Dig potatoes at least two weeks after vines die down or are killed by mowing. This allows skins to harden. Dig when soil conditions are relatively dry, and avoid bruises and cuts as much as possible, as they allow entry of pathogens and increase moisture loss. A curing period when tubers are held in darkness at 50--60 degrees F and RH 95%, with good air circulation for 10-20 days will cause wounds to heal and will help prolong good quality in storage. Potatoes with late blight, soft rot, or Pythium leak may break down under these curing conditions and these should be graded out. Then, cool tubers to a storage temperature of around 40-45 degrees F (and 95 % RH if possible). Avoid exposure to light, which causes greening and makes tubers unsafe to eat. During fall and winter, dispose of any diseased potatoes tubers by feeding to livestock, placing in an active, heating compost pile, spreading sparingly on the soil surface where they will freeze, burying deeply in the soil (too deep to sprout in spring), or placing in the trash.

Human Health Concerns

It’s common for home gardeners to cut out the diseased section of a potato or tomato, and eat the healthy part. This is as safe to do with late blight as with other common diseases such as anthracnose or early blight. Late blight is a plant pathogen, not a pathogen of people or animals. It does not produce any toxins in infected tissue. For home canning or storage, select only healthy fruit and tubers.

What to Do Next Spring

Tomatoes

Select disease-resistant varieties for at least some of your crop, and buy diseasefree seed. ‘Mountain Magic’, ‘Plum Regal’, and ‘Legend’ are three varieties with resistance or tolerance to late blight. Growing your own transplants or purchasing from a reputable grower will ensure a healthy start to the season. Inspect all transplants for stem, petiole cankers or leaf blight before planting.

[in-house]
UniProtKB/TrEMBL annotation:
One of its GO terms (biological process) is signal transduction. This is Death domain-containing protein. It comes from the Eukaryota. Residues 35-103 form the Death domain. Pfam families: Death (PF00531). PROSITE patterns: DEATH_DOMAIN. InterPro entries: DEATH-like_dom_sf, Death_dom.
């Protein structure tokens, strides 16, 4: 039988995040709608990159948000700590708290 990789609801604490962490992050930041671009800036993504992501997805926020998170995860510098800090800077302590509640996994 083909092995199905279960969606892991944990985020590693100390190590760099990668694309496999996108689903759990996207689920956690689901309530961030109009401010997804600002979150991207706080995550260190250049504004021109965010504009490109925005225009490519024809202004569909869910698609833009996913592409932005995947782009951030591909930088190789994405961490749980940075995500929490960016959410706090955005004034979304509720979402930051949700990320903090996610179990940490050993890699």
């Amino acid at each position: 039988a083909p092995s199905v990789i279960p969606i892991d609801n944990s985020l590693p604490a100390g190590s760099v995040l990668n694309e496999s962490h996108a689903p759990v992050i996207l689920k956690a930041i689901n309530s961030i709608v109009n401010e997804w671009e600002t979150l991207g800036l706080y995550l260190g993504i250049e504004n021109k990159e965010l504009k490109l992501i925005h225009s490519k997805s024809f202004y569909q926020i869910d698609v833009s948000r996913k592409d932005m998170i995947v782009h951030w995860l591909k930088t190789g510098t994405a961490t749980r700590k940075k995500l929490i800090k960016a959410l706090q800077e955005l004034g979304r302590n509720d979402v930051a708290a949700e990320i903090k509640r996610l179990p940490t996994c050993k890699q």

Potatoes

If you had late blight symptoms in your garden, do not save tubers as seed to be planted next spring. Purchase certified disease-free potato seed from a reputable source, and ask your supplier about their source of seed and if it was inspected in the field for late blight. In the spring (April – June), inspect last year’s potato plot and any compost or cull piles for volunteer potato plants that might come up. If you find potato plants, pull them out and put them in the trash or destroy them. If tubers were infected and survive, then the late blight could grow upward from the tuber, infecting the stem and producing spores when weather conditions are favorable. These spores could then disperse to other tomato and potato plants.

For both crops, provide good soil fertility, water drainage, air circulation, and use cultural practices to provide what the crop needs for healthy growth.

During the growing season, pay attention to weather conditions and pest alerts to learn about whether late blight has been observed in New England, and what actions you need to take to protect your crop.

Last Updated: 
Apr 4, 2012
Topics: 
Home Lawn & Garden
Home Lawn and Garden topics: 
Diseases
Vegetables